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Red Grooms
(Nashville, Tennessee, 1937 - )

Red Grooms has enjoyed a long, successful career as an innovative printmaker. Although he began by orchestrating happenings, and making films and installation pieces, he is better known for his prints. Regardless of medium, Grooms has managed to maintain his own distinctive voice and style.

Charles “Red” Grooms was born in Nashville, Tennessee on June 7, 1937. (1) He began taking art lessons at age eleven, and has been producing art ever since. After high school, Grooms attended The Art Institute of Chicago, but stayed for less than a semester before moving back to Nashville. After Christmas break, he moved to New York to attend the New School for Social Research. He stayed an entire semester there, but moved back home to Nashville and attended Peabody College where he made Minstrel, his first print, in 1956.

A year later, Grooms moved to Provincetown, Massachusetts where he studied with the modernist painter Hans Hoffman for a short time. Grooms moved to New York and then back to Provincetown where he began staging happenings, his most famous of which was Burning Building (1959). While in Provincetown, Grooms and two of his friends, Dominic Falcone and Yvonne Andersen, made several movies, as well. In terms of his printmaking career, the most interesting products of this period were posters Grooms designed to advertise his happenings or movies. By 1968, Grooms was back in New York where he made a name for himself in the art world with his installation City of Chicago (1968). In 1971 Grooms worked for the first time with a professional print shop, Bank Street Atelier. The resulting work was Nervous City. Ruckus Manhattan (1975) also gained Grooms notoriety, and became one if his best known installations. Many of his later prints would contain elements from, or references to, Ruckus Manhattan. By 1976 Grooms was primarily producing prints, etchings and lithographs in a variety of styles, publishing 22 editions in that year. (2)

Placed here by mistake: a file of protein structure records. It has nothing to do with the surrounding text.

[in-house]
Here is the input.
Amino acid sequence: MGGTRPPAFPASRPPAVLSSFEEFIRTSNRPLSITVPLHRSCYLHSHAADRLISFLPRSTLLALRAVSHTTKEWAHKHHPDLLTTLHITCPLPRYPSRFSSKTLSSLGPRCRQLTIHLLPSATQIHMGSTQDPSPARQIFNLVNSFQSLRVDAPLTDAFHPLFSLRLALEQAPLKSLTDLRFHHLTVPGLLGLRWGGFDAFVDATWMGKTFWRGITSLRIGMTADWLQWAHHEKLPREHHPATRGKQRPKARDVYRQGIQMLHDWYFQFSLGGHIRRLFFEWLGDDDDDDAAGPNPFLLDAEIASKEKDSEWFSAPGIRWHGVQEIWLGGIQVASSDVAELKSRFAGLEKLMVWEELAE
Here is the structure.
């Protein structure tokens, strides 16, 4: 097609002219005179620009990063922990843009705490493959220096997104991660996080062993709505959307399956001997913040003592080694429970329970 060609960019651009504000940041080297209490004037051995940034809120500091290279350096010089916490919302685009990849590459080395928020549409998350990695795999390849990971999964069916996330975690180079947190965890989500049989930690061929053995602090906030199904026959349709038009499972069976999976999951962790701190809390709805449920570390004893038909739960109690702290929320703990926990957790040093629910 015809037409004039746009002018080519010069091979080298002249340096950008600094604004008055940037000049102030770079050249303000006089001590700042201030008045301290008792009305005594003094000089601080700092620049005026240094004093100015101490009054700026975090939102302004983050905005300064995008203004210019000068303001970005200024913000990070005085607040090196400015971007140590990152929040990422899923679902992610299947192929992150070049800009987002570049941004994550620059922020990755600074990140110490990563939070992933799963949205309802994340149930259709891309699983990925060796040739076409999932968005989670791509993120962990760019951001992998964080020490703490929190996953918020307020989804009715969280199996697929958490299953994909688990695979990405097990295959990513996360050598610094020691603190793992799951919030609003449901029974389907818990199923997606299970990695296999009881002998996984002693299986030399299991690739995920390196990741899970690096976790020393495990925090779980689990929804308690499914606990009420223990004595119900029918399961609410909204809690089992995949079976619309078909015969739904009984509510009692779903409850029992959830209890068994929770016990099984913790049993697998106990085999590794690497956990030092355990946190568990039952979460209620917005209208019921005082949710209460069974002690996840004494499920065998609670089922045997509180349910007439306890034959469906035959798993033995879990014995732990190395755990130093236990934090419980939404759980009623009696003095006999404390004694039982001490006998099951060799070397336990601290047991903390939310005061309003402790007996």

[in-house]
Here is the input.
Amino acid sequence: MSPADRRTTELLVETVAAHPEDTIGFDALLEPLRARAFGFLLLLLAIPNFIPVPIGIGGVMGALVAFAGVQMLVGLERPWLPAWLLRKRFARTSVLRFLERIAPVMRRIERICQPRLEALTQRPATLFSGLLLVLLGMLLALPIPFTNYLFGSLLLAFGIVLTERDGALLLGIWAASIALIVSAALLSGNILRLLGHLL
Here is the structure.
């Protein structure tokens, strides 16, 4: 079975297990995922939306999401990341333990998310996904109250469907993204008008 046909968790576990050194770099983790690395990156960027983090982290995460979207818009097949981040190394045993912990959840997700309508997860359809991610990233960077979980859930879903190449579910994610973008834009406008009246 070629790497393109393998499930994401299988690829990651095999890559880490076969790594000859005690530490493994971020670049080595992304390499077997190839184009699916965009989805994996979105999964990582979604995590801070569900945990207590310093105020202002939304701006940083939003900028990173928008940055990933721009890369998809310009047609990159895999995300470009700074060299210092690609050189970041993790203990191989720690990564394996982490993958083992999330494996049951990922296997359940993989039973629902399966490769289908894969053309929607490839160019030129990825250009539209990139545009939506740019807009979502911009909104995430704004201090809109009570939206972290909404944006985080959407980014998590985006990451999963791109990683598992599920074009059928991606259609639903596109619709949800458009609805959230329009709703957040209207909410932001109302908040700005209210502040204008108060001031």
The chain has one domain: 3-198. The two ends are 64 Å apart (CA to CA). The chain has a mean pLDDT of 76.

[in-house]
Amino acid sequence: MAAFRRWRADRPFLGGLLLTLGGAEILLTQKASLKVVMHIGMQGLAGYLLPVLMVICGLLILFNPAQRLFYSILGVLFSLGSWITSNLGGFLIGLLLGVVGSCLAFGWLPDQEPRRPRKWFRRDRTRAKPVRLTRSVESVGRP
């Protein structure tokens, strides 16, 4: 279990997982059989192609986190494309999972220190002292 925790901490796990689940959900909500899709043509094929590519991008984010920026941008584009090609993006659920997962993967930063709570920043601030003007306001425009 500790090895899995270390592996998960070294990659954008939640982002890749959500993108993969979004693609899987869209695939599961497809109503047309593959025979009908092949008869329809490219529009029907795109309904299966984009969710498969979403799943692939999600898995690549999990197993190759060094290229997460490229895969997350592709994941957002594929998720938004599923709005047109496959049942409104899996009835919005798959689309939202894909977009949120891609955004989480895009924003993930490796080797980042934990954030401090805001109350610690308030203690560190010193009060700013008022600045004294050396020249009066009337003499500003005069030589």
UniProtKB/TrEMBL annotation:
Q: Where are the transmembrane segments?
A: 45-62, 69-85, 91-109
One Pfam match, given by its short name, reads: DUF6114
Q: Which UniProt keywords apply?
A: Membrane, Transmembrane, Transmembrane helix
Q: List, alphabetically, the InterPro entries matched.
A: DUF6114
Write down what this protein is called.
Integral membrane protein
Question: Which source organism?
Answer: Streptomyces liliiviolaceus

Grooms attempted to produce a three-dimensional print, a paper sculpture assembled with a hot-glue gun, in 1971 for his No Gas series, but he made his first truly three-dimensional print, Gertrude, in 1975. Shortly after, he began making the three-dimensional prints such as Deli that are city scenes encased in Plexiglas.

Many of Grooms’ prints fall into two subject categories: depictions of the city, or portraits of famous people, most specifically artists. Most of the artists Grooms depicts are modern or contemporary artists, from Henri Matisse to Jackson Pollock. Today, Grooms is still making both two and three-dimensional prints. His works have been described as combining “the high-art aestheticism of French modernist artists, the spontaneous aggressive draughtsmanship of the Abstract Expressionist painters, and the low-art spectacle, humor, and plain zaniness of comedic movies.” This is an apt description of Grooms’ oeuvre, which continues to surprise and entertain viewers even today.

(1) Groom’s life and career are summarized in Walter Knestrick, Red Grooms: The Graphic Work, Essay by Vincent Katz, New York: Harry N. Abrams, Inc., 2001.
(2) Knestrick, p. 27.
(3) Knestrick, p. 22.

Kate Lamar, 30 July, 2007
(rev. MLA, 2 August 2007)

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